The match also was for bragging rights. Both teams finished the 2010 season ranked No. 1 in the nation, Papillion South by both ESPNRise and MaxPreps, St. James by PrepVolleyball.com.
Papio South made the trip from Omaha the owner of a 22-0 mark and coming off of a Saturday sweep of Lincoln Pius X, the second best team in Nebraska. St. James entered the contest at 29-0 and on Saturday swept Bishop Miege, defeating the team considered second best in Kansas for the third time this season. In other words, this was a match up clearly worthy of a packed house, estimated at 1,200, in the Thunder Zone, as well as a live television audience both in Kansas City and throughout the state of Nebraska.
The first set was a blueprint for how the entire match would be played. A consistently spectacular defense, aggressive, error-free serving and opportunistic offense helped St. James race to an 18-9 lead.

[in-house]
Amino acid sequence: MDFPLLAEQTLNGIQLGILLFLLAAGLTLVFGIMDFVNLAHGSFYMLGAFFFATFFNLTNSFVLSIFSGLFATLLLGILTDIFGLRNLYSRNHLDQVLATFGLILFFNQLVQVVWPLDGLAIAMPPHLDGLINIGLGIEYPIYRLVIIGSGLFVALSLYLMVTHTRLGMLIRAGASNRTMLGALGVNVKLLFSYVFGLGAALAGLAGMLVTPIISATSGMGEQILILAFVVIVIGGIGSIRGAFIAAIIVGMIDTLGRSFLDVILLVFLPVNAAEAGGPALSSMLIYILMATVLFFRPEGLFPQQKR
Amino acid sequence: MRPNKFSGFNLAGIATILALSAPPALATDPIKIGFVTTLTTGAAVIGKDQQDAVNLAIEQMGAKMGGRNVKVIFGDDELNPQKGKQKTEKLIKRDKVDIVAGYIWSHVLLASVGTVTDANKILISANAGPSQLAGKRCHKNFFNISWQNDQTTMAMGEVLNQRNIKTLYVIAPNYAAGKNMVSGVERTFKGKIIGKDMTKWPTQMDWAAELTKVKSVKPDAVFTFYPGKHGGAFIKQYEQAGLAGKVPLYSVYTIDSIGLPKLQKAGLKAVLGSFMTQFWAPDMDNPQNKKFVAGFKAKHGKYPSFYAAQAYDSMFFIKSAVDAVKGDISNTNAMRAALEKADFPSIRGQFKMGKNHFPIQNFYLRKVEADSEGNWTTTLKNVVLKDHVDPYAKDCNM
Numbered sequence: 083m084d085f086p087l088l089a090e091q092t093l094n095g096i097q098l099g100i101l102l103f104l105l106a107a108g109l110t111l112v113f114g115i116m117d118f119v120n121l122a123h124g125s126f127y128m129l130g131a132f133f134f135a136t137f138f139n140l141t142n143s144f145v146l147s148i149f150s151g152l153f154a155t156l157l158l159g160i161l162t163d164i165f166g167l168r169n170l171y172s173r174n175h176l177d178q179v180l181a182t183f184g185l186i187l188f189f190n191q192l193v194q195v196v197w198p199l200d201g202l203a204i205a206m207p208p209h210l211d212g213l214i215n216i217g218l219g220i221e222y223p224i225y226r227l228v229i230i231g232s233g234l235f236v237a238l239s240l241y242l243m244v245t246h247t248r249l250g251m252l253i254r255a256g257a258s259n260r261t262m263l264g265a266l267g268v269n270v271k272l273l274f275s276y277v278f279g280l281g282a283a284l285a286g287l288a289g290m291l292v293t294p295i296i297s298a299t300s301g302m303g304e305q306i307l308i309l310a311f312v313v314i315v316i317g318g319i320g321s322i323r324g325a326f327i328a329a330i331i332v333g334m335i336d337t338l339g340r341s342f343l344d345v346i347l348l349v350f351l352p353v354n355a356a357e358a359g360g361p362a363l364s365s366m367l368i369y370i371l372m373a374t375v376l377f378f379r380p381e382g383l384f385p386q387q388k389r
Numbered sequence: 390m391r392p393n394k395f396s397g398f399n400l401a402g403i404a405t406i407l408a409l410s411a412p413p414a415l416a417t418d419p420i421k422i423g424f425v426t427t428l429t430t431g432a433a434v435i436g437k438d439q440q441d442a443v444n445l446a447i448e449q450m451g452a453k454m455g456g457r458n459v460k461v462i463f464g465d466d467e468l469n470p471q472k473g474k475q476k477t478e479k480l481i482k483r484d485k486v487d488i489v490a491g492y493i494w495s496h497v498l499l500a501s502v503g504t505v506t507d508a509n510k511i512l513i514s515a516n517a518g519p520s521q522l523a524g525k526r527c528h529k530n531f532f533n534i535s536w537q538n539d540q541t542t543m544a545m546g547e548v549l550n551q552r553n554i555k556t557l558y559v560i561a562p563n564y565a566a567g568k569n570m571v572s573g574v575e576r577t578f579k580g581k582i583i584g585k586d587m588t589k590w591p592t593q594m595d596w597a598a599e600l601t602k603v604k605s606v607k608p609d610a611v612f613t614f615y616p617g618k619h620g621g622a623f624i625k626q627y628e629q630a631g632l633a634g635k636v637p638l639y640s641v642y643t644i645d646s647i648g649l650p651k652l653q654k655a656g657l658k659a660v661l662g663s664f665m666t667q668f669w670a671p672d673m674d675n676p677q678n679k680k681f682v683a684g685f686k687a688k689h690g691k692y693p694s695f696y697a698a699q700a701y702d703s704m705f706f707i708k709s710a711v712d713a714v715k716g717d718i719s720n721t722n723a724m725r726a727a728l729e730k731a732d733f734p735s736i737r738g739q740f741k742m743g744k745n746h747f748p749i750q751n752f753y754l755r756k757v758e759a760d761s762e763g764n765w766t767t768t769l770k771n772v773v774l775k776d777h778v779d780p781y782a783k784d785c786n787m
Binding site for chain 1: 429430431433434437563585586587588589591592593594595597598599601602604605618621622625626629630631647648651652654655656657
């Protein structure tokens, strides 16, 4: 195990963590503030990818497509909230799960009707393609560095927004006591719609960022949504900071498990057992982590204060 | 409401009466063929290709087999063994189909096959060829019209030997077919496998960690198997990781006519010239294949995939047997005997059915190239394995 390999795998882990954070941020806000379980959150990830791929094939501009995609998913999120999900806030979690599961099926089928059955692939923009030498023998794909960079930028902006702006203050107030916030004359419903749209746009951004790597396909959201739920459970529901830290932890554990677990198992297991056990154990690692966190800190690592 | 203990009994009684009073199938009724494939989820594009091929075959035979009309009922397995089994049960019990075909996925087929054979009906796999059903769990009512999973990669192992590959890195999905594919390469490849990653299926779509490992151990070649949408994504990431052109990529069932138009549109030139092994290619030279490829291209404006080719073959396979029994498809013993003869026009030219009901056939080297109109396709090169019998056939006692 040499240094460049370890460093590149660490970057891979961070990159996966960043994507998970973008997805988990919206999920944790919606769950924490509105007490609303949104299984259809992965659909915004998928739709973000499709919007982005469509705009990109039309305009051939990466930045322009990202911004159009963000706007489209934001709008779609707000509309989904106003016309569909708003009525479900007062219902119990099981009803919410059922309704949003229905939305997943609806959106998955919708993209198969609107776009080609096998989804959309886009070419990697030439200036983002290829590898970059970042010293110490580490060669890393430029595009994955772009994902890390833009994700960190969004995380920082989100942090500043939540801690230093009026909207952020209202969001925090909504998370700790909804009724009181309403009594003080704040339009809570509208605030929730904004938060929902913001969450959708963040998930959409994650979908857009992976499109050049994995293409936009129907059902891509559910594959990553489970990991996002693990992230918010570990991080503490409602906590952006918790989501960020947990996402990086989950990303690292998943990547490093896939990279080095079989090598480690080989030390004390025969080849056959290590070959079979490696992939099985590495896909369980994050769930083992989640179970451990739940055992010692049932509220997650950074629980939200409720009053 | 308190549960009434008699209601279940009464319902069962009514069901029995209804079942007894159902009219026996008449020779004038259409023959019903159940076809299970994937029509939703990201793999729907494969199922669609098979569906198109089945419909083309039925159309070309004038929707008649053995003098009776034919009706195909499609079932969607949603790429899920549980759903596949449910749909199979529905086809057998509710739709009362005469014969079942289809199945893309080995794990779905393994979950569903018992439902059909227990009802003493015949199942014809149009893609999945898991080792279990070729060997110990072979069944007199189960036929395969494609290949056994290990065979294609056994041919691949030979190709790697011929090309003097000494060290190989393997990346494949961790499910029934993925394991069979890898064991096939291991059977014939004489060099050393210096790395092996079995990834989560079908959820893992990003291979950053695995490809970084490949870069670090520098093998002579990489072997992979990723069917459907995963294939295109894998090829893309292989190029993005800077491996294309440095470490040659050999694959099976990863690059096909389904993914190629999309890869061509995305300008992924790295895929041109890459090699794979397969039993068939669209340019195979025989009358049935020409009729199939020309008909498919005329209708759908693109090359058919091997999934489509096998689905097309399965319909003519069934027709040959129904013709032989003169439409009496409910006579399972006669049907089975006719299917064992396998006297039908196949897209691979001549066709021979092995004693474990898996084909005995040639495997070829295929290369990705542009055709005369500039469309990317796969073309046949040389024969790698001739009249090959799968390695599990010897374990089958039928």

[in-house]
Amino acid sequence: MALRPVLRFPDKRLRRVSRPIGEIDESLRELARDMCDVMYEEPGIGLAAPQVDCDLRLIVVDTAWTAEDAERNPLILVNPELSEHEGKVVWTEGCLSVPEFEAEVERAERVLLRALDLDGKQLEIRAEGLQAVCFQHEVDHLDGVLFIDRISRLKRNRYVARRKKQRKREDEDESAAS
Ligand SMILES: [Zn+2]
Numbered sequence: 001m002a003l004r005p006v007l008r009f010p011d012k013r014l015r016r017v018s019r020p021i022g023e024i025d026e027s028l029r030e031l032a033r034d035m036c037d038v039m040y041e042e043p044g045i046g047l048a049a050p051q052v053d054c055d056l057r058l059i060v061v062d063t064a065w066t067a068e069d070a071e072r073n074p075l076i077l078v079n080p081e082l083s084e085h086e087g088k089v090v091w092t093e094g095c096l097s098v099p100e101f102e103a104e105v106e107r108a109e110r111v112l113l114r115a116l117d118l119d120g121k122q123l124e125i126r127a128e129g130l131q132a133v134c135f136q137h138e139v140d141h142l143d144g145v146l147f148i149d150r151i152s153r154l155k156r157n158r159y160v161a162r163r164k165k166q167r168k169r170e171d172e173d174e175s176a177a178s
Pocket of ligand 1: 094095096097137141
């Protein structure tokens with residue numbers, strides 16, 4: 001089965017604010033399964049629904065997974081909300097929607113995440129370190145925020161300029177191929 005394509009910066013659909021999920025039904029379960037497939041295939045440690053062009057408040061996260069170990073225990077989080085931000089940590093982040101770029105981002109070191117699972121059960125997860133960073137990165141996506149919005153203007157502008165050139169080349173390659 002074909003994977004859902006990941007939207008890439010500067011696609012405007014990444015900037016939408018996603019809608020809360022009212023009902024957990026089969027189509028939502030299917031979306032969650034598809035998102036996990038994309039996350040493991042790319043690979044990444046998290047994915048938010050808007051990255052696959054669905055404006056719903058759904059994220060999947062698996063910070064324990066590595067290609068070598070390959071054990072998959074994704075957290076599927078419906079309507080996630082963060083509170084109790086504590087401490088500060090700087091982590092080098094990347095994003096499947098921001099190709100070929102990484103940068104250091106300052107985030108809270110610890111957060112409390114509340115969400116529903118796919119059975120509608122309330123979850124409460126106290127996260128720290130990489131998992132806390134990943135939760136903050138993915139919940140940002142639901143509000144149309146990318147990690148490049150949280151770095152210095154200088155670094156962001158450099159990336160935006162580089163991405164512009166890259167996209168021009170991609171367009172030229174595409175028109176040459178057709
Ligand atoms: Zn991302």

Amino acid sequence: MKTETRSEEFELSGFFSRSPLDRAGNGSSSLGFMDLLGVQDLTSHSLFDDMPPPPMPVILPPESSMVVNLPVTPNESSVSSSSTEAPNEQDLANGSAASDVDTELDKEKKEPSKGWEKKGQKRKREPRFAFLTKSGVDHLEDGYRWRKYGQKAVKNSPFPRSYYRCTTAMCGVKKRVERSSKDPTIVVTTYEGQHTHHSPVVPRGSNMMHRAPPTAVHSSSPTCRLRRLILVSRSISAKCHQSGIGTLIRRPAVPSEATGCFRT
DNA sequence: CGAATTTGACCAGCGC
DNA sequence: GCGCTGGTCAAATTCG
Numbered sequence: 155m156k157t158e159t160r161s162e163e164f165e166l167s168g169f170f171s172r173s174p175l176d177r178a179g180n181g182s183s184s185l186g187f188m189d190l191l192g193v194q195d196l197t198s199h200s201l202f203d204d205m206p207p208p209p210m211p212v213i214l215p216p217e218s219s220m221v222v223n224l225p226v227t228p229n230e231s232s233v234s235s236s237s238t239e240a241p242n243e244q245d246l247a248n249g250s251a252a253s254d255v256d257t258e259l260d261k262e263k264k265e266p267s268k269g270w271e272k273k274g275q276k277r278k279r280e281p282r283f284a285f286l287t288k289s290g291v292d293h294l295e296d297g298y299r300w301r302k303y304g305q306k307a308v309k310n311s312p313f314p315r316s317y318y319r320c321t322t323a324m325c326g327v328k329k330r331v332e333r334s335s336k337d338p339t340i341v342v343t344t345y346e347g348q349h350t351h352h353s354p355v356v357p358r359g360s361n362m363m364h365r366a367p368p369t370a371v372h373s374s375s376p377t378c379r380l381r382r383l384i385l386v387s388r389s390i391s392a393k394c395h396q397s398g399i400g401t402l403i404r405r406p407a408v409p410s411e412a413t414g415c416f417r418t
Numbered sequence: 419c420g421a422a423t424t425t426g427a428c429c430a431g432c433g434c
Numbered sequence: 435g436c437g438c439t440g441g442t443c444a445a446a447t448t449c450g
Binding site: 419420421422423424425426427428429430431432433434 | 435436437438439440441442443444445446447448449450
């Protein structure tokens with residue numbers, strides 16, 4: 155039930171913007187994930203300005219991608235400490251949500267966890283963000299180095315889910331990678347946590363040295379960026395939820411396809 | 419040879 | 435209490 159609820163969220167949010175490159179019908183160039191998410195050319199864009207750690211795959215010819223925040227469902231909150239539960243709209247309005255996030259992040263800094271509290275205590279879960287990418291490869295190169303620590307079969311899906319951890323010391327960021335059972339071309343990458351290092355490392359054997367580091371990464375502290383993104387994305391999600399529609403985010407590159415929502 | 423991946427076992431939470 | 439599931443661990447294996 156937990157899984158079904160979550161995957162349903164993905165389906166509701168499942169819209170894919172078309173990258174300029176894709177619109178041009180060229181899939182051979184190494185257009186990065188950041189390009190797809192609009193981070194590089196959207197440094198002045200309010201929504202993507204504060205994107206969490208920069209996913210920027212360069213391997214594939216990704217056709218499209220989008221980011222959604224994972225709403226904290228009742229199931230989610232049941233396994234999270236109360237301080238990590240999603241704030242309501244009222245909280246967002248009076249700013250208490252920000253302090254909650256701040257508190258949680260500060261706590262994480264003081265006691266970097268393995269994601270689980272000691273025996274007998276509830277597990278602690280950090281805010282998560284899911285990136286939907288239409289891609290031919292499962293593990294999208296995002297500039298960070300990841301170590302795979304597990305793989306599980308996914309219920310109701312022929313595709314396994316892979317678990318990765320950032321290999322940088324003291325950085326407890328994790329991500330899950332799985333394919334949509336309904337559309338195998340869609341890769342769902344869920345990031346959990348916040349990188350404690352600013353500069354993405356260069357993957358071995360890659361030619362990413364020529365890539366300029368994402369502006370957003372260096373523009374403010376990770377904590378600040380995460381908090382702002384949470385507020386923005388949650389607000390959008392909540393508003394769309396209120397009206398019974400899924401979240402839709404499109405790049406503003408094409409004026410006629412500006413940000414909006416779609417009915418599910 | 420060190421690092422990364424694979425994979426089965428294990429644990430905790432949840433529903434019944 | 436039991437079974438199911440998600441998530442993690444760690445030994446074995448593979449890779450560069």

Down big, Papio South rallied behind its block.
Having given up a nine-point lead, St. James needed to make a play to avoid a collapse that almost assuredly would impact the rest of the match. The Thunder got it when Reilly, who was a DS last year, hit high hands off the Papillion block for a kill. She followed with a killer top spin ace that had the frenzied student section bellowing “point St. James Ah!” even louder than usual. MB Katie Dulek, St. James’ tallest player at 6-0 “on a good day,” added a kill to extend the Thunder lead to three. Not even another Titan block, this one from Kadie Rolfzen, could change the end result, a 25-22 St. James win, achieved when 5-6 sophomore OH Arianna Person’s swing hit the net, caromed over the Titan double block and down.
The fifth set started with a questionable back row block called on Brown and continued with four more Titan points.
Down by five points, St. James mounted a rally behind four Reilly kills and Zarda’s stellar defense, getting to within two at 9-7.